I just found out recently that the polish paper model company Shipyard, is changing its product lineup a little, in order to make room for their new line of HO scale railroad accessories. Basically, the name of the company is now VESSEL, and they now have two separate product brands: Shipyard and Railway Miniatures.
Basically, all HO scale products are now sold only under the Railway Miniatures brand. This includes all HO scale lighthouses, dockyard accessories and some new buildings. I think it’s a great idea, but there are some oddities, particularly for American model railroad enthusiasts, in that the products are a mix of 17th through 19th century dockyard equipment and European buildings. Some new stuff is modern era, but still has a European flavor.
So, there’s probably not a lot in this product line that will appear here in the U.S., but I still think it’s good for VESSEL to expand its product lineup.
Another brick and mortar hobby dealer has fallen asunder! Just received a letter that the Hobbytown store in Concord, California is going out of business. They have some big sales starting today, so it’s a good opportunity to stock on some supplies.
This leaves the San Francisco East Bay with few real hobby dealers. The biggest ones that come to mind are Hobbies Unlimited and the Ages of Sail shop, both of which are in San Lorenzo, CA, just a few miles north of the Dumbarton Bridge.
In all honesty, as far as ship modelers, or even plastic model builders, the Hobbytown didn’t offer much. They focussed so much on RC planes and cars that it was mostly a big empty store with absolutely nothing to offer ship modelers, except for maybe glue, paints, and some basswood. So, I doubt the store closing will have much impact on us model builders. It mostly now leaves more business for the other local shops.
Approaching the end of the year, I find that my brain is just beginning to start functioning normally again (normal, for me) after having been down with an exhausting cold that struck just before Christmas. It wiped out my holidays, but I’m happy to be feeling mostly better again.
The first thing to deal with after coming out of this mental haze, is some information I just received on a new international ship modeler’s conference, which is being put together to take place in Rochefort, France from October 18th through October 21st.
The first stage of construction is the stone base of the structure. Being a wooden kit, this is of course made from wood. The parts are perfectly milled, so there’s no cutting or sanding involved, just aligning and gluing.
I didn’t glue the Square insert into place yet, as it’s not added until Step 2, but I dropped it into place to help with the alignment. As it turns out, it’s not helpful, as it fits a bit loosely, and my cutting pad has a printed grid that allows me to check the corner angles.
By the way, I really like the ModelCraft cutting mats. The one I’m using here is an A4 size. That’s roughly 12″ x 8″, which I bought from the ModelCraft Tools USA, which is run by Ages of Sail. In fact you can just buy it from their website too. I really like these cutting mats. This one was only $13.99 plus tax and shipping.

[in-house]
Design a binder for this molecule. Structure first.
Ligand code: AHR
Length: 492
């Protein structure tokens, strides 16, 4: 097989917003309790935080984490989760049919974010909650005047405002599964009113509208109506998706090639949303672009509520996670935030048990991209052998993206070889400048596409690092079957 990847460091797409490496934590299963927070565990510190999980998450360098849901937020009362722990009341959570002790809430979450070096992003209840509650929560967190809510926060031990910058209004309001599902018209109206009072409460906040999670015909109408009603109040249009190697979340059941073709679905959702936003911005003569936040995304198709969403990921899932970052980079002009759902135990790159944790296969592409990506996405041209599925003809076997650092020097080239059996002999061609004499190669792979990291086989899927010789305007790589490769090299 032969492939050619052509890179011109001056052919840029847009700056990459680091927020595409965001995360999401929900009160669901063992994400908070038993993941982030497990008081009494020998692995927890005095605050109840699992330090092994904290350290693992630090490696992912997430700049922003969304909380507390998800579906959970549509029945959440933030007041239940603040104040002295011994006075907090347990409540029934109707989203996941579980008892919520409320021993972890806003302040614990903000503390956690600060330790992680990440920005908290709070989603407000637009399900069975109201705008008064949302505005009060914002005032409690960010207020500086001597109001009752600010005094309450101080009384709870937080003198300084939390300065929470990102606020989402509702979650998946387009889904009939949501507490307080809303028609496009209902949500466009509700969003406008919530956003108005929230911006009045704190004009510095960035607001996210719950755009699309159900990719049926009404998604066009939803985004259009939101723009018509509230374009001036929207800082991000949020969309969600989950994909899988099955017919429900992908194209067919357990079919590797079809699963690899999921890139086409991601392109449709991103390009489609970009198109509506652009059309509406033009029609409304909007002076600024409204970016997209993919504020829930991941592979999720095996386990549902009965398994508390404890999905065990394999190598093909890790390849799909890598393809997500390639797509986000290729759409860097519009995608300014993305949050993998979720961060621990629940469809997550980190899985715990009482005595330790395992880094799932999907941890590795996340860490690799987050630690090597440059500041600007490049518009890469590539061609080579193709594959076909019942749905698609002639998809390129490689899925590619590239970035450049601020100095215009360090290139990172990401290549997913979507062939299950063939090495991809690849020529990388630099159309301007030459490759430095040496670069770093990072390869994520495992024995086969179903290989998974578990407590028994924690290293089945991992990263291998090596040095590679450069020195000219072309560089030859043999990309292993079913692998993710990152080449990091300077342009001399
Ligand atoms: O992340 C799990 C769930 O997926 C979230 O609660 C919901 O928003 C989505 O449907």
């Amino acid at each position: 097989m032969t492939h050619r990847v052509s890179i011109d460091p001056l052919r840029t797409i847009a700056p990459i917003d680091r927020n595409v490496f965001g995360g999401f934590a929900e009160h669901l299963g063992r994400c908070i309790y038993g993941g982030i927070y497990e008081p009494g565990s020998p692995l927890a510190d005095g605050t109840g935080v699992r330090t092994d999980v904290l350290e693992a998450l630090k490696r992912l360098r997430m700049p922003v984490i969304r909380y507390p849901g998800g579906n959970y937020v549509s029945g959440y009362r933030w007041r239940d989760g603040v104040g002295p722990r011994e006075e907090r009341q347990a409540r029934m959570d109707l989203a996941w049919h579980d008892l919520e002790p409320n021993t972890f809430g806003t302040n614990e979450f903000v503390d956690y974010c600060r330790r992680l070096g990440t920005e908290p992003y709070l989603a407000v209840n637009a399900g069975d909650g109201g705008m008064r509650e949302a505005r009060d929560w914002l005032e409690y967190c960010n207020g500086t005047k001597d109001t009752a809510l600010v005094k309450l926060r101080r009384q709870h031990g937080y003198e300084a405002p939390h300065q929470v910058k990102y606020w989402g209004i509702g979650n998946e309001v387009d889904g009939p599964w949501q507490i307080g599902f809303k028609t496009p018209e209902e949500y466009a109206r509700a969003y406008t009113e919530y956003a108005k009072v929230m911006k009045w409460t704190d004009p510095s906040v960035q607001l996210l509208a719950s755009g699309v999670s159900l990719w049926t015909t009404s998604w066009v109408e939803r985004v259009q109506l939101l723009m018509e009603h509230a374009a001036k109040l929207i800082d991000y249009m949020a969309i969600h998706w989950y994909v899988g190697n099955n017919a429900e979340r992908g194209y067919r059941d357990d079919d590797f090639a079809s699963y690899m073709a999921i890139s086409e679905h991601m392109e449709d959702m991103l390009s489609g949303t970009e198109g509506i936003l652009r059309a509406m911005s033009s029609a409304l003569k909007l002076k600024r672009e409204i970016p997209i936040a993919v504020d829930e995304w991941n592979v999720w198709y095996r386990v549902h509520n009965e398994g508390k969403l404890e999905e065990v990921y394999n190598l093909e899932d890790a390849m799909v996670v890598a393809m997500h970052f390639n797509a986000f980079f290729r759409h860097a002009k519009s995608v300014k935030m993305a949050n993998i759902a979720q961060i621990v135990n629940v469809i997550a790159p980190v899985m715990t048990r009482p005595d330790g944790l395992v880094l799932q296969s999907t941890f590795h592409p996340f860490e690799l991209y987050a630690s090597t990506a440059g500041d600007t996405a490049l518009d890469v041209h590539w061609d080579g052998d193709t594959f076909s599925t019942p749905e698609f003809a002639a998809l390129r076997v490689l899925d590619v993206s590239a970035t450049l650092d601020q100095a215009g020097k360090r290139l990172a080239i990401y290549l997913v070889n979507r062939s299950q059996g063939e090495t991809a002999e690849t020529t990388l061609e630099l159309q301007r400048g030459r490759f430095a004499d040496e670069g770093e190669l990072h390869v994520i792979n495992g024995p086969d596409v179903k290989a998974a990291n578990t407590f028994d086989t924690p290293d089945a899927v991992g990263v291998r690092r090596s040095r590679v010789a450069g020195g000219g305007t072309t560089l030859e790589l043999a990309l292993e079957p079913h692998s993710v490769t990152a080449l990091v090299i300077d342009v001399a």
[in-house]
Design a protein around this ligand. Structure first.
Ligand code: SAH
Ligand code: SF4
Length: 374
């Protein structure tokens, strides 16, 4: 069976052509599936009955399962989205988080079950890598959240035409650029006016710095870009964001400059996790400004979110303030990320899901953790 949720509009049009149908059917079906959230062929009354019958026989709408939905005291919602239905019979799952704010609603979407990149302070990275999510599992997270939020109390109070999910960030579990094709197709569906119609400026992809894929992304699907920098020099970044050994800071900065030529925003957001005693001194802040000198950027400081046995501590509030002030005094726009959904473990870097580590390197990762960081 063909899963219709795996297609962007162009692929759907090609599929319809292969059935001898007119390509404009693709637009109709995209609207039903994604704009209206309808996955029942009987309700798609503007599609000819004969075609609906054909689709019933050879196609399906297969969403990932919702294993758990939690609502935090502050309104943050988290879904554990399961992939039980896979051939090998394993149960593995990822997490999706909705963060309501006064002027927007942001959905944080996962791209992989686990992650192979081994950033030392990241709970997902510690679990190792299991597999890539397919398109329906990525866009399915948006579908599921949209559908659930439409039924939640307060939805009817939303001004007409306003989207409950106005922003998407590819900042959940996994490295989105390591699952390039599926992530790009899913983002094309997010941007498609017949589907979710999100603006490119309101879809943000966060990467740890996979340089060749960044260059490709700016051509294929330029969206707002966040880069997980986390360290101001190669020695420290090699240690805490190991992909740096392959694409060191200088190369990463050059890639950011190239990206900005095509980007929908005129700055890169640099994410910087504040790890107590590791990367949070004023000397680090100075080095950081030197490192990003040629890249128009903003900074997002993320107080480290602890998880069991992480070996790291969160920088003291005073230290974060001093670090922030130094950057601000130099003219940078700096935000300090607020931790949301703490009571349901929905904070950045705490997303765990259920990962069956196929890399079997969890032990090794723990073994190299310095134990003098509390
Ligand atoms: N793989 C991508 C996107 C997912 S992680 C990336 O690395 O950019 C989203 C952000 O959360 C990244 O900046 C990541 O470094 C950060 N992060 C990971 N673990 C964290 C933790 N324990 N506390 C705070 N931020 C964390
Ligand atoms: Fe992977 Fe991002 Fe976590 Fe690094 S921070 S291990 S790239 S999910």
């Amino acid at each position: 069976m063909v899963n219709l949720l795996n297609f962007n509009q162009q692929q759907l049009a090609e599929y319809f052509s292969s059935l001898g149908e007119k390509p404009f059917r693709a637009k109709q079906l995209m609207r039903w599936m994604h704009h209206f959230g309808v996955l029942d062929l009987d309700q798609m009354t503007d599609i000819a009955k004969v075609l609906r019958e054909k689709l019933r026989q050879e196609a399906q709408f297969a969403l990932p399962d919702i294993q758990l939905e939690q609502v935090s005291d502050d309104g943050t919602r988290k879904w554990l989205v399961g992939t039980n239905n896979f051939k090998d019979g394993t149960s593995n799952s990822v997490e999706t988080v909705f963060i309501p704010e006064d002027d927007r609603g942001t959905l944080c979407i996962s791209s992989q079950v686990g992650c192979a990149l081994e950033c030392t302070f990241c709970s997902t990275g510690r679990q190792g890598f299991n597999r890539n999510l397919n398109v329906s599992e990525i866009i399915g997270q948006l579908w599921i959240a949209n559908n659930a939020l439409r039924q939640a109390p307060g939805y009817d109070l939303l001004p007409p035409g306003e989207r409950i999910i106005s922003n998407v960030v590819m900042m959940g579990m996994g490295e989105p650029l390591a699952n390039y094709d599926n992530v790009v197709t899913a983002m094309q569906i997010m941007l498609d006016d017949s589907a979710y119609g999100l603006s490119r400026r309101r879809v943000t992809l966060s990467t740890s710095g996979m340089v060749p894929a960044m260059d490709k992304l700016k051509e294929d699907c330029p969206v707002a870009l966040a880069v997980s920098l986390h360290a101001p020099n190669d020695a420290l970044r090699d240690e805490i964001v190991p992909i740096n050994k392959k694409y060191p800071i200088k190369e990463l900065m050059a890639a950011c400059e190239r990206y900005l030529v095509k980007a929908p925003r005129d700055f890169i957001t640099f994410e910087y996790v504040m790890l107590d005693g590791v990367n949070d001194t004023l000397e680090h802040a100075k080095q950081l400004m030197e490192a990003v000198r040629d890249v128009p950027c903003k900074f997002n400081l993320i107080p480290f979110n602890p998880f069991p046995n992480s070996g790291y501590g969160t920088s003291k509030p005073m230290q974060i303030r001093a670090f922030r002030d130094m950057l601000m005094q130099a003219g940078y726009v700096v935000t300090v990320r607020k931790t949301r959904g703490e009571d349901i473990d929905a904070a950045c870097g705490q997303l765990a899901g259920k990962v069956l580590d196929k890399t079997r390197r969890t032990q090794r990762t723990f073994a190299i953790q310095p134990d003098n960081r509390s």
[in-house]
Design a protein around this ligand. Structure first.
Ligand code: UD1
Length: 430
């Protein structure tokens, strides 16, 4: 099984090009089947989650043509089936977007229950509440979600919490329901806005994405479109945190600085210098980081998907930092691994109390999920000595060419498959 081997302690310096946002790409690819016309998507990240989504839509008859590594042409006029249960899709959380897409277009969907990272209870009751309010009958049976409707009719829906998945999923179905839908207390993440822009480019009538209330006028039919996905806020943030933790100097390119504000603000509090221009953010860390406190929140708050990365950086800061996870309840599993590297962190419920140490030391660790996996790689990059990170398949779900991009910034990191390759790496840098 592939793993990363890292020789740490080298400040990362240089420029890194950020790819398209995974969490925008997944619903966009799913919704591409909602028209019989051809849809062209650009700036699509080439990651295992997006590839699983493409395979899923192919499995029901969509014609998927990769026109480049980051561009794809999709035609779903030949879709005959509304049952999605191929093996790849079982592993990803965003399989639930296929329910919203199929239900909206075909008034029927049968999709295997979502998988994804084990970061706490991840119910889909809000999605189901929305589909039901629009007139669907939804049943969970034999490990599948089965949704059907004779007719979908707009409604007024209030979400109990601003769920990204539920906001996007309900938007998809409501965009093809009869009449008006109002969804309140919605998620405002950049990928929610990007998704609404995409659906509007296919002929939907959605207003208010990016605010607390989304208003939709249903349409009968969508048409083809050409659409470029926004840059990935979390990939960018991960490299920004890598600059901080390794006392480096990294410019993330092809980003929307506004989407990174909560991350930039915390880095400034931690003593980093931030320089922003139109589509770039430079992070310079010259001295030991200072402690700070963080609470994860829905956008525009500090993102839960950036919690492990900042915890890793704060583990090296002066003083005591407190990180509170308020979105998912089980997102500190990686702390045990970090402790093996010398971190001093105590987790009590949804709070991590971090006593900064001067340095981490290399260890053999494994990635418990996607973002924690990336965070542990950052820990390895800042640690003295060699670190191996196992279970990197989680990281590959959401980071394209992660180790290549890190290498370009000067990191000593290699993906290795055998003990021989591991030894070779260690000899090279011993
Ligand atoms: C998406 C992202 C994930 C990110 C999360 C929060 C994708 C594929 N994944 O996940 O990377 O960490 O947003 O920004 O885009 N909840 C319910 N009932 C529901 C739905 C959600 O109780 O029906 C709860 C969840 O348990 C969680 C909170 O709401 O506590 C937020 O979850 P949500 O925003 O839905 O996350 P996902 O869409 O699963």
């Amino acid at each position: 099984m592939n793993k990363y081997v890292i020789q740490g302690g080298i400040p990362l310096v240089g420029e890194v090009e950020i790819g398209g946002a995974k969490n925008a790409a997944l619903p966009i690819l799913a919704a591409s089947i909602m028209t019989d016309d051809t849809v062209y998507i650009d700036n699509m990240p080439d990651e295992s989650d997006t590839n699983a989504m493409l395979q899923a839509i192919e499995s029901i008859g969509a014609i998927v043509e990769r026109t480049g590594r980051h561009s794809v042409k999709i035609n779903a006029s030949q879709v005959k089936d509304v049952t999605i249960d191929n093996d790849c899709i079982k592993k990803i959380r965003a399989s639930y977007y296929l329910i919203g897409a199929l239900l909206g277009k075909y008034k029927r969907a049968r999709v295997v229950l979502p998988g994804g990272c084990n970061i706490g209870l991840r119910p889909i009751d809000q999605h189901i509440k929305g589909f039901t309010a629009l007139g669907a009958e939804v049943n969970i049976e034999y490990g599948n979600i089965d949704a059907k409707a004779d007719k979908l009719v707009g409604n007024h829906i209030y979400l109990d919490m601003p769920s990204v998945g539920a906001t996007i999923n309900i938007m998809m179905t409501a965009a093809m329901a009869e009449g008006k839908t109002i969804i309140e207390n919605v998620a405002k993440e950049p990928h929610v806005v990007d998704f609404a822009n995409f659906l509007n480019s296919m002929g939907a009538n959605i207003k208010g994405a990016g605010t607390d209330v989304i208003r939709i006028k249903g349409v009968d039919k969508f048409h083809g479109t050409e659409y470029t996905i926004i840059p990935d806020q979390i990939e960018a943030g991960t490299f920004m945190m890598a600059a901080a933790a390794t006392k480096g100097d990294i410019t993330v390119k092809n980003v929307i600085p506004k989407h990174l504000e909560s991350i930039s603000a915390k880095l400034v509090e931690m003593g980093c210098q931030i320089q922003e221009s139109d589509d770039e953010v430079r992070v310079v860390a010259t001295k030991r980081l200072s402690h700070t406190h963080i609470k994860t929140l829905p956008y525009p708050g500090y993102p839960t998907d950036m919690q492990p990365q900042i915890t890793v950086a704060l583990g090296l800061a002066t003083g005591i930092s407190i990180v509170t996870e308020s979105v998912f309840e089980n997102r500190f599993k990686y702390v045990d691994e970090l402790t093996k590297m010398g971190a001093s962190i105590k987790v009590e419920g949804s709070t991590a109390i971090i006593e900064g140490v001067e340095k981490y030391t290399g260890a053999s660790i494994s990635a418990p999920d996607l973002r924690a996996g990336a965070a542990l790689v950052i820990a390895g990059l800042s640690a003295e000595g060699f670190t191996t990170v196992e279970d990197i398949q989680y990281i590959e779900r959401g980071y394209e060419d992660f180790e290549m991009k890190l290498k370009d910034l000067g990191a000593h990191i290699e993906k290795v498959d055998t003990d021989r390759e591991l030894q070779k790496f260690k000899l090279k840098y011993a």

A ship modeler on the website Papermodeler.com recently finished this beautiful model of a Trabaccolo, a type of Adriatic Sea coasting ship. The model was built from a kit by WAK, a Polish company. I don’t know the details of the kit, but I found 1/100 scale WAK kit in the online shop at gpm.pl: https://sklep.gpm.pl/modele-kartonowe/zaglowce/1/100/trabaccolo-wak-9-10/2015
This is a beautifully built model, done using the printed parts mostly untouched except to clean up the part edges. You can see a lot more on the build log of this model by the member named Seahorse: Trabaccolo [WAK] – just for some practice – PaperModelers.com
Having completed a couple paper model kits myself from the Polish manufacturer Shipyard (now officially goes by the name Vessel Company), I’m a bit intrigued by kits from this and other manufacturers. I don’t know about other kits from WAK, but this one gives you printed individual planks for planking the hull and deck. I’m really curious to try one out. Given that this particular kit is only 39 PLN, or about $11 plus shipping, it’s an easy purchase. Ω
So, it begins! I got this kit from Zootoyz.jp earlier in the year, along with some other temple and Edo period architecture kits. One of those kits, the Shinmei-zukuri Shrine, I built and wrote about here. But, I’ve had too many other projects to work on to get to any of these other kits.
Well, it’s been long enough. We’re approaching the end of the year, when I traditionally build some kind of simpler Japanese kits. Since I made a promise to get to this kit, specifically, I’m pulling the kit out of the closet and setting it out to build.
Hōryū-ji 5-Story Pagoda from Woody Joe
This will make a nice size model, measuring about 18.5″ tall on a 10-1/4″ square base when done. There are more than 870 parts, mostly milled wood, though there are some wood strips and smaller laser-cut sheets. The kit is listed by Woody Joe as requiring 50 hours to build. I think this may be a revision of an early figure of 40 hours to build, as that’s what I recall and that’s what Zootoyz.jp states. In any case, it will take a lot less time than a ship model.